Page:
What will school look like this fall? Even teachers don't know.
As we inch closer to the start of the school year, more and more schools are announcing plans about what school could look like this fall. Detroit Public Schools recently approved in-person instruction, a move that was met with criticism. The Ann Arbor teachers’ union has called face-to-face instruction unsafe. As teachers prepare for the upcoming year, many are worried about what they’ll be preparing to face.
Although a “road map” to reopen schools was released by Govenor Gretchen Witmer late last month, the details of how to reopen schools are still up in the air. There are major logistical challenges to solve, like how to make little kids keep their masks on, or how older kids can safely social distance during crowded passing periods. A lot of this will likely fall on teachers to figure out, which worries Cara Lougheed, an English and history teacher at Stoney Creek High School in Rochester Hills.
“I’m hearing all kinds of plans,” said Lougheed. “A lot of it just feels like nonsense, I just don’t know how it would work.”
Some teachers are proposing smaller class sizes in order to give more attention to students as well offering more room for social distancing. But it's unclear how schools would be able to do that given Michigan's teacher shortage and pandemic-induced budget cuts. And then there's the fact that there is still a lot of uncertainty over the novel coronavirus itself. Even as states start to see a second wave of cases, the extent to which kids transmit the virus is still largely unknown.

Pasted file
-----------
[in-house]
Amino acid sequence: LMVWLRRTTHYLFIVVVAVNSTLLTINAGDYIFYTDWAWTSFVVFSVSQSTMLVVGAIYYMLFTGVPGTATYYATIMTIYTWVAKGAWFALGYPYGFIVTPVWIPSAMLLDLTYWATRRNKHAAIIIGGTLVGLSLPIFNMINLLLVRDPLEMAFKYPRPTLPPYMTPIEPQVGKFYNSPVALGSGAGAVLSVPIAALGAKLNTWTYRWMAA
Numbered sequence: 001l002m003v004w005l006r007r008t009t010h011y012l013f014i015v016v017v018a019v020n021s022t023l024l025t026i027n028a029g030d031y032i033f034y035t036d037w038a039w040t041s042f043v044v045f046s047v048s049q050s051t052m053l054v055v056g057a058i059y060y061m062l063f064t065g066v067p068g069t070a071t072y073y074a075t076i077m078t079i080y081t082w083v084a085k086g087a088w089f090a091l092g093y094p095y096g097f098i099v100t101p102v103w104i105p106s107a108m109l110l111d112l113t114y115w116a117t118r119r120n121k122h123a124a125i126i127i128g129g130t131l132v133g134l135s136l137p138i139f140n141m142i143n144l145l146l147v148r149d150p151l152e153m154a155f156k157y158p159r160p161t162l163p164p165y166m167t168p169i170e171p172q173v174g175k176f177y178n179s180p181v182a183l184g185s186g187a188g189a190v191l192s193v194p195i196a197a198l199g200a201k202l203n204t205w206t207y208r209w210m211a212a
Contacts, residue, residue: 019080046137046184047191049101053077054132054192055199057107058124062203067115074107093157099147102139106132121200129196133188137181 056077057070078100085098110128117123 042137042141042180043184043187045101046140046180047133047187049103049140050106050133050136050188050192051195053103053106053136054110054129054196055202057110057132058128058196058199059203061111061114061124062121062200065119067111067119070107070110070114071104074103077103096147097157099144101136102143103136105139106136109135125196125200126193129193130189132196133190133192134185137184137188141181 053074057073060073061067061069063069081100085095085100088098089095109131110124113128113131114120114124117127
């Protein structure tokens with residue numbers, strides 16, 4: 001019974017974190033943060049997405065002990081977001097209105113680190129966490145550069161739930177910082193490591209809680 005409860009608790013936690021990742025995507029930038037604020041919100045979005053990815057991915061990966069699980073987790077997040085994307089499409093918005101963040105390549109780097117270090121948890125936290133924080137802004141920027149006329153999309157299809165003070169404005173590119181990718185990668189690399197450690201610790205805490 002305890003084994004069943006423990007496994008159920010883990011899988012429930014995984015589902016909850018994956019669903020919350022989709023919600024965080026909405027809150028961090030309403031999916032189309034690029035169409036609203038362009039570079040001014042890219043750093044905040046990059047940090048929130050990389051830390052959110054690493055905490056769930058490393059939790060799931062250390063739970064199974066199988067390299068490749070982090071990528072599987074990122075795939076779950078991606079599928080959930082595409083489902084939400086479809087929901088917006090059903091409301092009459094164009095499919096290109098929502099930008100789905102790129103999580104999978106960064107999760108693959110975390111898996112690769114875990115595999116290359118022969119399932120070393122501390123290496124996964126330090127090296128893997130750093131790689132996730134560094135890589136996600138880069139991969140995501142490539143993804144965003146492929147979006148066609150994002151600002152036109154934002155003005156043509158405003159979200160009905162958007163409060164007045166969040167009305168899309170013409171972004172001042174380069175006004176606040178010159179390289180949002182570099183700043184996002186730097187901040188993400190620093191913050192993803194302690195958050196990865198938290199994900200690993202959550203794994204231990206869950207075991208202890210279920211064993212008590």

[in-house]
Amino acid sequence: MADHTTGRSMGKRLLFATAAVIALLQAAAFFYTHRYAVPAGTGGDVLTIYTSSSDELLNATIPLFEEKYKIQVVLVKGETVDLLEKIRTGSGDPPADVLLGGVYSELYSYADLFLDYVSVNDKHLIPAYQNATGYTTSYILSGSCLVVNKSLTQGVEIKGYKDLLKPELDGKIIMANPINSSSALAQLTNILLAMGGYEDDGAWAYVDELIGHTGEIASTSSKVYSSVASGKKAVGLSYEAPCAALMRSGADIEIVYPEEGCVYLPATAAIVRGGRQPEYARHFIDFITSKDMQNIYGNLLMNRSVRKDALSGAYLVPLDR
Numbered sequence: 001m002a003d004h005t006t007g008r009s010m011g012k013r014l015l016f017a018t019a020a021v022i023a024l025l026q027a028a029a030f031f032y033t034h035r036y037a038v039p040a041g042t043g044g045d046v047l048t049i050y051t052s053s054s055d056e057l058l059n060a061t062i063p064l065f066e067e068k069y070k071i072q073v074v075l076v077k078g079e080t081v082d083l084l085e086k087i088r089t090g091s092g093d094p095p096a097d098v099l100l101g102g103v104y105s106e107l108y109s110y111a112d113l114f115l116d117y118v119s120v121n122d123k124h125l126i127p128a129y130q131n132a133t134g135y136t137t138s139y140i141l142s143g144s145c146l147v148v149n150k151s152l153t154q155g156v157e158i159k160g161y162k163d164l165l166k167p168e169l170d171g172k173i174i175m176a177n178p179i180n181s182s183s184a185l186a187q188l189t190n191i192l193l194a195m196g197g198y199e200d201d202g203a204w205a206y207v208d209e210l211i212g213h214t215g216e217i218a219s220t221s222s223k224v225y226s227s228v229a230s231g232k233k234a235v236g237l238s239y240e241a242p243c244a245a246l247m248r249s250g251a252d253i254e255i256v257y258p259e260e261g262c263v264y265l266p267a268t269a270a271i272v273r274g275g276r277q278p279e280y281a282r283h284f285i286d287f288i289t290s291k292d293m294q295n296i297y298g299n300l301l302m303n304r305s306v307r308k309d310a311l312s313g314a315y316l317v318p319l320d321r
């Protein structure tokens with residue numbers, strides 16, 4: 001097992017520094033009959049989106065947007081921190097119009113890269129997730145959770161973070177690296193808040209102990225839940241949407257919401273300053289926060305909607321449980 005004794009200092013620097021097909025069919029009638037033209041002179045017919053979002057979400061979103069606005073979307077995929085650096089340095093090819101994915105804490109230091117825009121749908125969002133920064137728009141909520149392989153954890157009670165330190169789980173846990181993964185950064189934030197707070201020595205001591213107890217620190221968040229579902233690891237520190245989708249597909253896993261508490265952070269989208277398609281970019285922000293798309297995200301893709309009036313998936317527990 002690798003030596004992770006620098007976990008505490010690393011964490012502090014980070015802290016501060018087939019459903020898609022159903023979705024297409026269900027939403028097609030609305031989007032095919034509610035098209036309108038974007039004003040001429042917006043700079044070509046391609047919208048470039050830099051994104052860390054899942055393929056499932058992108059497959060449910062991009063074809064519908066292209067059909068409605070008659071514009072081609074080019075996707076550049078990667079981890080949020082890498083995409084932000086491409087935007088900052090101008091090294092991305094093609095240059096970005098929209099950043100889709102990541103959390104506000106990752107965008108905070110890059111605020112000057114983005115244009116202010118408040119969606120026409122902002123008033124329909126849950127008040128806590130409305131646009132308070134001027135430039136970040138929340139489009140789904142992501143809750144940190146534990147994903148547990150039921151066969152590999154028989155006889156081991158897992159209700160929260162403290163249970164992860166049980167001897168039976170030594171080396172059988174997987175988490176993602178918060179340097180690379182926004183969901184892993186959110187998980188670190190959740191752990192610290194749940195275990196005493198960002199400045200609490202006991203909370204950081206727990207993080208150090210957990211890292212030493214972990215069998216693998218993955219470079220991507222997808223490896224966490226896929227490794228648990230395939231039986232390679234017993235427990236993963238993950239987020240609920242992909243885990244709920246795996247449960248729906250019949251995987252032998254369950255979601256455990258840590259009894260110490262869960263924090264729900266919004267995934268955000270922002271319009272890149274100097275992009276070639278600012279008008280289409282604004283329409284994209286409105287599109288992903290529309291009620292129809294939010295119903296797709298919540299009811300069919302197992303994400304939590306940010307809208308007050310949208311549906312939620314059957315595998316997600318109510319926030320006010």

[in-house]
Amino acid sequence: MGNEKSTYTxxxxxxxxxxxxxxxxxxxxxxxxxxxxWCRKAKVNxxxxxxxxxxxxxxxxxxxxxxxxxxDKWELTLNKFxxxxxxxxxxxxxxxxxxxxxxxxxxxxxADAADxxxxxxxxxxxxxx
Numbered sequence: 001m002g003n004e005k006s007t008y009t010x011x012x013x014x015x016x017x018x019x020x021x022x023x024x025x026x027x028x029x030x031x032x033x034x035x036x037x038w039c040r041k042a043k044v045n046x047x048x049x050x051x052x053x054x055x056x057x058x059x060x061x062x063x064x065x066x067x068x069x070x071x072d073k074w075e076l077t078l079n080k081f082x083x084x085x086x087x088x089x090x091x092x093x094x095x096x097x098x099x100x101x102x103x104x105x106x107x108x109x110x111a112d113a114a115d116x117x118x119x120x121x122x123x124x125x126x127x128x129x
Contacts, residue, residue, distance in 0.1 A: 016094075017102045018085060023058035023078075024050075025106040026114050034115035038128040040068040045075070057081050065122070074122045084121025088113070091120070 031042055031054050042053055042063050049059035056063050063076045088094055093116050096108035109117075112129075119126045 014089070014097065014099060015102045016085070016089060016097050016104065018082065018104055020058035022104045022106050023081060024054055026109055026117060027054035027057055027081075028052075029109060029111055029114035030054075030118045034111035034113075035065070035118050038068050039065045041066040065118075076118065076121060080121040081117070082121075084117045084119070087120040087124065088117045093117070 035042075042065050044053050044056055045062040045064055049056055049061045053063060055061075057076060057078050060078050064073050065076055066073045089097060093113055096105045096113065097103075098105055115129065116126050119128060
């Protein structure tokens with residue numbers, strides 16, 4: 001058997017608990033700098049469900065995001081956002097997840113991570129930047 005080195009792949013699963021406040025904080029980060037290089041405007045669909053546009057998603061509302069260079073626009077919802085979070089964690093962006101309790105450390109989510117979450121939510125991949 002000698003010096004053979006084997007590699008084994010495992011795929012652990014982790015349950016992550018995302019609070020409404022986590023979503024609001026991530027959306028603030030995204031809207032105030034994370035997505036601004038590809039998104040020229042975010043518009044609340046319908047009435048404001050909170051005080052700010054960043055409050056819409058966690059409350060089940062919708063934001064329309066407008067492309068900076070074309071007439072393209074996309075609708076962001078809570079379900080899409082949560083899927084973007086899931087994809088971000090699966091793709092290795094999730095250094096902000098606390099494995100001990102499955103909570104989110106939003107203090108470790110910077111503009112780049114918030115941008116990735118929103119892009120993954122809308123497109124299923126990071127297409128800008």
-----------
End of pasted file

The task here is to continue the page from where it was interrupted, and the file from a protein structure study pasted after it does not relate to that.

“The virus itself is constantly evolving and changing,” said Rick Joseph, a language arts and social studies teacher at Birmingham Covington School.“So we’ve never faced a situation that has so many unknowns, so many variables, so it’s a time of incredible uncertainty.”
As teachers and parents alike try to prepare for uncertainty, some are worried that this will be a “lost year” for education. But teaching consultant and Stateside education commentator Matinga Ragatz said that's not true. First of all, Ragatz said, children’s health and safety should be the priority. And in terms of what learning looks like in the next school year, Ragatz said the pandemic actually offers an interesting opportunity.
“There is an opportunity for us to teach [students] how to be better learners, using the technology, using the resources at their hand as well as teaching them essential content as opposed to everything that is important in the world,” Ragatz said. “A lot of our kids are going to learn a lot of the life lessons that we as teachers have not been able to teach them because we are focused on standards, curriculum, and data points."
This article was written by Stateside production assistant Olive Scott